Not to be confused with a courtroom clerk, a judicial law clerk works directly for a judge. Much like a judge’s “associate,” a judicial law clerk assists the judge in considering, understanding, and deciding cases. It is a unique opportunity to look (and participate) behind the curtain of our judicial system. Judicial law clerks assist judges in analyzing parties’ written and oral arguments, researching and helping to narrow relevant and/or dispositive legal issues, and drafting legal decisions. Beyond their important role in helping a judge manage and decide the issue of the day, law clerks can also help shape case precedent that may be applied well beyond their terms as clerks.
Judges hire “term” and “career” law clerks. Term clerkships, as the name suggests, are for a defined term, usually one or two years. Career law clerks usually spend much longer working for a judge. Given the unique and rewarding substantive experience available to judicial law clerks, unsurprisingly, the positions are highly sought after. Judges, and particularly federal judges, receive many applications for a very limited (generally two-four, depending on the court) number of positions. Indeed, judges generally decide to interview a small fraction of clerkship applicants for a given position. Some judges prefer to hire clerks directly out of law school (generally, at the top of their class), whereas other judges prefer clerks to come to chambers after one or more years of practice. Many judges prefer to hire clerks with a range of experience.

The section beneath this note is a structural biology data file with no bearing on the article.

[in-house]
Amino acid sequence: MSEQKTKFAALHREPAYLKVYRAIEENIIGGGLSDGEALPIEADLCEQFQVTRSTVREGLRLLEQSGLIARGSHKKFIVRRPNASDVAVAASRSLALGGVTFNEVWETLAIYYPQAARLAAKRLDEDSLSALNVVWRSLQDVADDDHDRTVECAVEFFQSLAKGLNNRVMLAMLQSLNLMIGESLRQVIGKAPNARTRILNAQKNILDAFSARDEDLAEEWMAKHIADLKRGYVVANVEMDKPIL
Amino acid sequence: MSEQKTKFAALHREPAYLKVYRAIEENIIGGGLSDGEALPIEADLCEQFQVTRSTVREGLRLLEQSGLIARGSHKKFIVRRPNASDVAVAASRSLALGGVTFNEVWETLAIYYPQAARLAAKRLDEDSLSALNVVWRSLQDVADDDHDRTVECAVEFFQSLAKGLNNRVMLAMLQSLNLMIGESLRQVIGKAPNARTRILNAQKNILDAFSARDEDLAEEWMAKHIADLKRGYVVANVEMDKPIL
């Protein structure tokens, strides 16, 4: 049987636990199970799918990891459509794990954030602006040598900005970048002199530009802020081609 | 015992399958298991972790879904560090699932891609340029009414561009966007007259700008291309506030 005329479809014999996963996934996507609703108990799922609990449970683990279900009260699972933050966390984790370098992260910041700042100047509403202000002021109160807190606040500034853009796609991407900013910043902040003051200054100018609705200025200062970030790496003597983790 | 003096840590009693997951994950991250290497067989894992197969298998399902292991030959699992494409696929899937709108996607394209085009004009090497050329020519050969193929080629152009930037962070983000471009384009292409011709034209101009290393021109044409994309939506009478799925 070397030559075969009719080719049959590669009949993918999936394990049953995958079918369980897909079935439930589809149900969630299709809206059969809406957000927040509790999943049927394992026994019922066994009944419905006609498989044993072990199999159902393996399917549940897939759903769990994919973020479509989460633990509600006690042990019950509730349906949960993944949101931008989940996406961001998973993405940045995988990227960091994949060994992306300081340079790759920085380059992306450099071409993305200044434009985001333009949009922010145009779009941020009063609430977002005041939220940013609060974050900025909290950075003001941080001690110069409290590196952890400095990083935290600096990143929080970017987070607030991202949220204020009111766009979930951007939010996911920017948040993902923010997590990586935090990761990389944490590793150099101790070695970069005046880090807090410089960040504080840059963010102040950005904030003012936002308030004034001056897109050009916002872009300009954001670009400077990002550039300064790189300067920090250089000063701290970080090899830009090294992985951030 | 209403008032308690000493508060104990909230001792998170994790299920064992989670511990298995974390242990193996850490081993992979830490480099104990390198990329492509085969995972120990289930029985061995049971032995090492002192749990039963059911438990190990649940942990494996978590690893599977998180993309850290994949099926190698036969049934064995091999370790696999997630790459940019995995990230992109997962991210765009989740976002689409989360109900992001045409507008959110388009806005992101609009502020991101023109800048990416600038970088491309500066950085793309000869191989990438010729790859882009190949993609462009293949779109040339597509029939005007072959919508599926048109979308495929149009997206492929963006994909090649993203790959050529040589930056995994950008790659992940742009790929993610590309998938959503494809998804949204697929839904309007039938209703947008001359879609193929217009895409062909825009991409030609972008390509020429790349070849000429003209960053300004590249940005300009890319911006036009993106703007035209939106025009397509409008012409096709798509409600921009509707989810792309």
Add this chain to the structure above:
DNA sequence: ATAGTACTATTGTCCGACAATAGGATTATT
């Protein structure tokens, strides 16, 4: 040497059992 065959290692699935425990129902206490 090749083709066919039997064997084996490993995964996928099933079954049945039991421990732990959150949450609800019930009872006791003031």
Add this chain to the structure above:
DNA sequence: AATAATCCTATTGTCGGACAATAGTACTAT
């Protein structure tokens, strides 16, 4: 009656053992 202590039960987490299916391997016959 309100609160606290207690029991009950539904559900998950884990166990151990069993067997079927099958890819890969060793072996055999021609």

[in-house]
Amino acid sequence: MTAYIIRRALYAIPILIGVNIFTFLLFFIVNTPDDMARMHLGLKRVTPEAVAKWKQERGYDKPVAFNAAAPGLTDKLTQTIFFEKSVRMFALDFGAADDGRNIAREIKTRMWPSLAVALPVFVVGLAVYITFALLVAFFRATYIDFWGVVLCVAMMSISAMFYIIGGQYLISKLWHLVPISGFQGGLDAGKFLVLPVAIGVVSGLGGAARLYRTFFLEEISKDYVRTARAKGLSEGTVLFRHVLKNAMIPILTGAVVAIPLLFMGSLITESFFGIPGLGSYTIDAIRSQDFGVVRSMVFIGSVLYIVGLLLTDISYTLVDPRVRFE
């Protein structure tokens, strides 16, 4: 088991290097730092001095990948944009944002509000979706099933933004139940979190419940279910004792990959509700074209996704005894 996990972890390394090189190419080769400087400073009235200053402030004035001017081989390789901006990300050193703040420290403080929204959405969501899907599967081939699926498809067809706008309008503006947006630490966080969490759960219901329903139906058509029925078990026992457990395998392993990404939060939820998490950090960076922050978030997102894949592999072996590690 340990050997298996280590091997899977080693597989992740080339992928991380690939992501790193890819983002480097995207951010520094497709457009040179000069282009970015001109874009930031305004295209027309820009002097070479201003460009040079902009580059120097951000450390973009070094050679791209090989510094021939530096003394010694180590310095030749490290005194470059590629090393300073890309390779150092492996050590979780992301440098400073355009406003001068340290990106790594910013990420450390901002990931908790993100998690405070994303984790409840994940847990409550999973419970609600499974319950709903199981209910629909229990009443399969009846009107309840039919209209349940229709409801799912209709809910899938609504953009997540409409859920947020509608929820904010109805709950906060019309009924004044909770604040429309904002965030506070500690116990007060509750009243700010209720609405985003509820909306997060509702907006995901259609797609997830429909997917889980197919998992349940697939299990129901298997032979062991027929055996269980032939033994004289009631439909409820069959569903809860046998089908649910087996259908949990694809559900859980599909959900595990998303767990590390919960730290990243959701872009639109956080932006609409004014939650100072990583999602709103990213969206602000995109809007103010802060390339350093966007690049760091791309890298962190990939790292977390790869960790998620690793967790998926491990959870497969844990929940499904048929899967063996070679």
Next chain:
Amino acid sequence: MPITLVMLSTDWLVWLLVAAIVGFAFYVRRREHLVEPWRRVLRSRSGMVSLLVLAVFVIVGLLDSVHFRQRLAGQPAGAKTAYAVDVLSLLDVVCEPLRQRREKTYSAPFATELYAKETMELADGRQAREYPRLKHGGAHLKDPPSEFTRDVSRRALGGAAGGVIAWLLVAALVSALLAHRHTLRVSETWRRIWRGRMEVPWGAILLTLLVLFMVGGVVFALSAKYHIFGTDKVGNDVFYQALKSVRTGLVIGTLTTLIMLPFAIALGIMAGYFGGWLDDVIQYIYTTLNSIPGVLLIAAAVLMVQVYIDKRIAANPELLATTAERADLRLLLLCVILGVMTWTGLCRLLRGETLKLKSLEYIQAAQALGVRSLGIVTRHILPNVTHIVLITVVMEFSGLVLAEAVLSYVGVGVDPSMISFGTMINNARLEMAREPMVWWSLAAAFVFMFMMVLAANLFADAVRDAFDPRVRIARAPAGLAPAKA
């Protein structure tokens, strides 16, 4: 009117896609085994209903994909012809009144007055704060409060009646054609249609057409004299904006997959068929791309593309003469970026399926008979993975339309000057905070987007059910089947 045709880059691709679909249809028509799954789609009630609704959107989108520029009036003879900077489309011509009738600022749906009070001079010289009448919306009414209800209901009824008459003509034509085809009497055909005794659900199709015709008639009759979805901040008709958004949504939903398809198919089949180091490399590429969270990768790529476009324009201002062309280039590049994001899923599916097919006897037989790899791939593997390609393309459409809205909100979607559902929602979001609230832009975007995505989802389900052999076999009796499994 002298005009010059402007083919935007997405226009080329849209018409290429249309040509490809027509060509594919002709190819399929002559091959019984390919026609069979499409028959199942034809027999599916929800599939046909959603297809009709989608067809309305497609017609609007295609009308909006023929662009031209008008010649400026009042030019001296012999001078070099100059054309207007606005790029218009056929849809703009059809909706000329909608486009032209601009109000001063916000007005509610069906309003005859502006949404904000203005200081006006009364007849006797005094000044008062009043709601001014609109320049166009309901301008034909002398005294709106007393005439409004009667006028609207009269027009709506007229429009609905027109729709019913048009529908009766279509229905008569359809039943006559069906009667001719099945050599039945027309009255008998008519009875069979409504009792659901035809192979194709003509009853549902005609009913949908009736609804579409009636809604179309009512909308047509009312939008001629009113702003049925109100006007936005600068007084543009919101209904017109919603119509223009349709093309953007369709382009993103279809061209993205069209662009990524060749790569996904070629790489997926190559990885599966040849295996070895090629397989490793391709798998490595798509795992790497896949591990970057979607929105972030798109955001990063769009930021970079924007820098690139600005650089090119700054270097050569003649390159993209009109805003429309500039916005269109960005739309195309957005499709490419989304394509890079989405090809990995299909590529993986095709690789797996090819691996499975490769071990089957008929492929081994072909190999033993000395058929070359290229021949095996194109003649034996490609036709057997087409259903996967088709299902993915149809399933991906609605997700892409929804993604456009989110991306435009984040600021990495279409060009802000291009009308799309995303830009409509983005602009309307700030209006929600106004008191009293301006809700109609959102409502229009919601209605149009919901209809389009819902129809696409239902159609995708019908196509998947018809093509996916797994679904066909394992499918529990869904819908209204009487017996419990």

Regardless of when they arrive to chambers, a judicial clerkship should prove to be an immensely engaging and rewarding experience. Law clerks get the opportunity to learn directly under an experienced judge and practitioner, who becomes a life-long mentor. Unlike large law firms, chambers are leanly staffed, which means law clerks get consistent and comprehensive substantive experience out of the gate, playing a major role in all or most aspects of the cases they work on. Often attending trials, hearings, and conferences, law clerks get the opportunity to observe a range of attorneys (and their styles) before the Court. Law clerks get a front-row seat to great lawyers at work, allowing them to pick up what they think works well—or does not—to bring forward into their litigation practice. In reading and analyzing countless briefs and written submissions, law clerks also take in examples of good—and not-so-good—legal writing. Attorneys fortunate enough to clerk for a judge should finish their terms having gained invaluable legal experience. I sure did. And I look back very fondly on both my clerkships.
Attorney Matthew W. Costello